Flood iQ

The team behind Flood iQ used data on tidal flooding, hurricane storm surge, projected sea level rise and more to determine what properties are at risk and which have already seen devaluation. It also projects how much value properties could continue to lose based on current projections of sea level rise through 2033.

The interactive tool allows users to search cities down to individual properties to determine:

Whether that property or area is at risk;

What types of risks it faces;

Projected sea level rise for that area;

How property values have been affected;

How much the communities could stand to lose in the future;

How many properties — residential and commercial — are at risk;

Emergency and other facilities such as schools threatened by flooding;

What public officials they can contact about flood abatement and property protection.

In North Carolina, for example, Topsail Beach is expected to see sea levels increase by about 6.36 inches on average in the next 15 years.

Topsail Beach has already seen a loss of more than $4.2 million in property value since 2005, the data shows, and is set to lose another $4.85 million by 2033 if no action is taken — not including any additional properties built between now and then.

About 356 homes are at high risk of flooding in Topsail Beach today. That number is expected to nearly double in 15 years without action.

In Wilmington, the sea level is expected to rise by about the same as in Topsail Beach. But Wilmington has already lost more in property value and stands to lose more in the future — $6.3 million since 2005, another $7.3 million in the next 15 years.

Four schools in Wilmington already are at high risk of flooding, and 7 could be at risk by 2033, along with at least one medical facility.

Perhaps the area most at risk in the Carolinas is Charleston, South Carolina, where more than $266.2 million in property values has already been lost since 2008.

Charleston could see another $387.3 million lost — a total of more than $653.5 million in lost property value by 2033. Of the five states analyzed in the study, Charleston was the No. 3 city for most property value lost. Miami Beach and Hollywood, Florida were the only two that have lost more.

Today, 5,543 homes are at high risk in Charleston. In 15 years, 8,349 will be at high risk.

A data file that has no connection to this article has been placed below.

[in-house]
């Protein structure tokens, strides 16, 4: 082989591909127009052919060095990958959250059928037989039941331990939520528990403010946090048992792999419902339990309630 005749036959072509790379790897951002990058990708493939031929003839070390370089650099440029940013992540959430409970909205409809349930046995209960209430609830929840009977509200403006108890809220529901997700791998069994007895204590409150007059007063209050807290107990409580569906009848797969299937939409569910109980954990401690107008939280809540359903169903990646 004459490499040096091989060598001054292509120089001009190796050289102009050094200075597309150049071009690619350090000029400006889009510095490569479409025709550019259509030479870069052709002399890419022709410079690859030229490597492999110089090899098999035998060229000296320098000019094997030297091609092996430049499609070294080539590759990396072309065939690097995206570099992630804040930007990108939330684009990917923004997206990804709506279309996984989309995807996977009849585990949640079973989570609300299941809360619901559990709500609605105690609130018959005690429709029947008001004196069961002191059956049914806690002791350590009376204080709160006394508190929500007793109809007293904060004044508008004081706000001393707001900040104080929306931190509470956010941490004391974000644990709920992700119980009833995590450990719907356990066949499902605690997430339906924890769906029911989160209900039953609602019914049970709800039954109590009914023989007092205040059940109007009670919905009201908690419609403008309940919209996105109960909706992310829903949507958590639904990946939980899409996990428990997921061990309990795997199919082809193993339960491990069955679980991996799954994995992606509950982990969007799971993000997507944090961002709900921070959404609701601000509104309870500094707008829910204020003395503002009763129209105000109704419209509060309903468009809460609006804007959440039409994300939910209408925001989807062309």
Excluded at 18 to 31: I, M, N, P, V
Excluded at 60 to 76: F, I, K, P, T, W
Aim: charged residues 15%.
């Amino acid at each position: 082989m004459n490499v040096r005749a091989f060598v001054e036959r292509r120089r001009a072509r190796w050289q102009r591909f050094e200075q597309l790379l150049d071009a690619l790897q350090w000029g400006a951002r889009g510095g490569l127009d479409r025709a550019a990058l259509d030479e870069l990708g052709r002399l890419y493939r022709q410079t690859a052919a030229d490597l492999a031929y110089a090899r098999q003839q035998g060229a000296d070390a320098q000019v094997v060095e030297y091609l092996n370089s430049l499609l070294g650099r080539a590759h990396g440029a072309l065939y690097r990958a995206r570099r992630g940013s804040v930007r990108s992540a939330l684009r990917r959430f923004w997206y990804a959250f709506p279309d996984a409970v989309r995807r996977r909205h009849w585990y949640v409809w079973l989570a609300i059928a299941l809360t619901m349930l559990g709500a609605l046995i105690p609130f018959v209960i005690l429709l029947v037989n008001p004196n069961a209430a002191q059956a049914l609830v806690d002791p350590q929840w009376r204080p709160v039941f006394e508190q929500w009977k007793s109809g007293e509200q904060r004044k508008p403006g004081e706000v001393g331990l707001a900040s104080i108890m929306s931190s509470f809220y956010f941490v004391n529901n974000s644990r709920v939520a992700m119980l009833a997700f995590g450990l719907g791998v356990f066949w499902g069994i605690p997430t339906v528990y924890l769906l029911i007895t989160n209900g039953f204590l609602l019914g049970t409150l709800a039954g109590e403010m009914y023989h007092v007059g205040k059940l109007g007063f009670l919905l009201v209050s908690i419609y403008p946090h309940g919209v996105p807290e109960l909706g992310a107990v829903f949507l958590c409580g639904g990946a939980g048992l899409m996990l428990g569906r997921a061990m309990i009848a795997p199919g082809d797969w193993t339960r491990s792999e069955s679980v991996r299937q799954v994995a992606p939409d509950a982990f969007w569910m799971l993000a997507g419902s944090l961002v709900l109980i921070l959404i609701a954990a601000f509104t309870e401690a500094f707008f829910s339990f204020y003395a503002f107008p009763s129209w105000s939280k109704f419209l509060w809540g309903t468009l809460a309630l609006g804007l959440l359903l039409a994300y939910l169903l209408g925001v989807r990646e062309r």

By 2033, 2 police stations, 52 religious buildings, 17 schools, 6 medical facilities and 3 fire stations will be at high risk of flooding.

Myrtle Beach, which has already lost more than $373,917 in property value since 2008 could lose an additional $560,875 — nearly $1 million total by 2033.

Hilton Head Island has already lost nearly $49 million since 2008. In 15 years, it could see that total rise to more than $121.6 million, with more than 2,600 homes at high risk.

The basic projections do not include any rain or weather that could worsen sea level rise flooding.

The Flood iQ map, however, shows the areas at risk and the depth of flooding expected from: normal tidal flooding as sea levels increase, peak tidal floods, and hurricanes (categories 1, 3 and 5).

“Flooding does not have to be a way of life for coastal communities. Cities can take measures to mitigate the impact and protect property values,” Eby said. “But without action, the rate of home value loss will only accelerate.”

Forbidden sea level rise report

Sea-level rise scenarios have prompted opposition from some economic development interests on North Carolina’s coast that alleged long-range forecasts could be wrong.

When a state science panel reported in 2010 that seas on the coastline could rise by as much as 39 inches over the next century, North Carolina state legislators passed a law forbidding communities from using the report to make new rules.

A new report in 2015 looked only 30 years to the future and forecast a rise of 2 to 10 inches, depending on location.

To search cities, towns and properties, go to floodiq.com. The tool is also available en Español.

For more information on the study and its methodology, go to floodiq.com/methodology.